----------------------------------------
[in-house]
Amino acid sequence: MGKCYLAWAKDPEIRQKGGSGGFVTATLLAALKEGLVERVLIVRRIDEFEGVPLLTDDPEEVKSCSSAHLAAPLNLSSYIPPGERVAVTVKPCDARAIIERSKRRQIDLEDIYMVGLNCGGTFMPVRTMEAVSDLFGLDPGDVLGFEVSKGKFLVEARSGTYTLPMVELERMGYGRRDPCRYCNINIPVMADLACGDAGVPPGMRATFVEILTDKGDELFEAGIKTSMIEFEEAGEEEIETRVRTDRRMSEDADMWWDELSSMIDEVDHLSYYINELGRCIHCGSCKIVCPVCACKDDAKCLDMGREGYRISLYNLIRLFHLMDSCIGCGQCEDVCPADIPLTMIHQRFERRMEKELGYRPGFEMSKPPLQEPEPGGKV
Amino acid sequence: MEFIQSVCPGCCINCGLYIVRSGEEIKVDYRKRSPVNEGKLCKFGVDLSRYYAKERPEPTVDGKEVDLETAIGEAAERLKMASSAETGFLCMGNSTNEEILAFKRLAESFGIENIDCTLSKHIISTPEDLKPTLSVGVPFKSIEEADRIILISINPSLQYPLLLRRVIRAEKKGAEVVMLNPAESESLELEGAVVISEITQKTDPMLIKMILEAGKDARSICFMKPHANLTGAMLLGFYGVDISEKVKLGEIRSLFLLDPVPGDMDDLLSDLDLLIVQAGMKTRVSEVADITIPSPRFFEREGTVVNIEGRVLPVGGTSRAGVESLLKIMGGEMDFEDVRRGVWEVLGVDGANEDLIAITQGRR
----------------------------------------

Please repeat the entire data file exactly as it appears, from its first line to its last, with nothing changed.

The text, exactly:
[in-house]
Amino acid sequence: MGKCYLAWAKDPEIRQKGGSGGFVTATLLAALKEGLVERVLIVRRIDEFEGVPLLTDDPEEVKSCSSAHLAAPLNLSSYIPPGERVAVTVKPCDARAIIERSKRRQIDLEDIYMVGLNCGGTFMPVRTMEAVSDLFGLDPGDVLGFEVSKGKFLVEARSGTYTLPMVELERMGYGRRDPCRYCNINIPVMADLACGDAGVPPGMRATFVEILTDKGDELFEAGIKTSMIEFEEAGEEEIETRVRTDRRMSEDADMWWDELSSMIDEVDHLSYYINELGRCIHCGSCKIVCPVCACKDDAKCLDMGREGYRISLYNLIRLFHLMDSCIGCGQCEDVCPADIPLTMIHQRFERRMEKELGYRPGFEMSKPPLQEPEPGGKV
Amino acid sequence: MEFIQSVCPGCCINCGLYIVRSGEEIKVDYRKRSPVNEGKLCKFGVDLSRYYAKERPEPTVDGKEVDLETAIGEAAERLKMASSAETGFLCMGNSTNEEILAFKRLAESFGIENIDCTLSKHIISTPEDLKPTLSVGVPFKSIEEADRIILISINPSLQYPLLLRRVIRAEKKGAEVVMLNPAESESLELEGAVVISEITQKTDPMLIKMILEAGKDARSICFMKPHANLTGAMLLGFYGVDISEKVKLGEIRSLFLLDPVPGDMDDLLSDLDLLIVQAGMKTRVSEVADITIPSPRFFEREGTVVNIEGRVLPVGGTSRAGVESLLKIMGGEMDFEDVRRGVWEVLGVDGANEDLIAITQGRR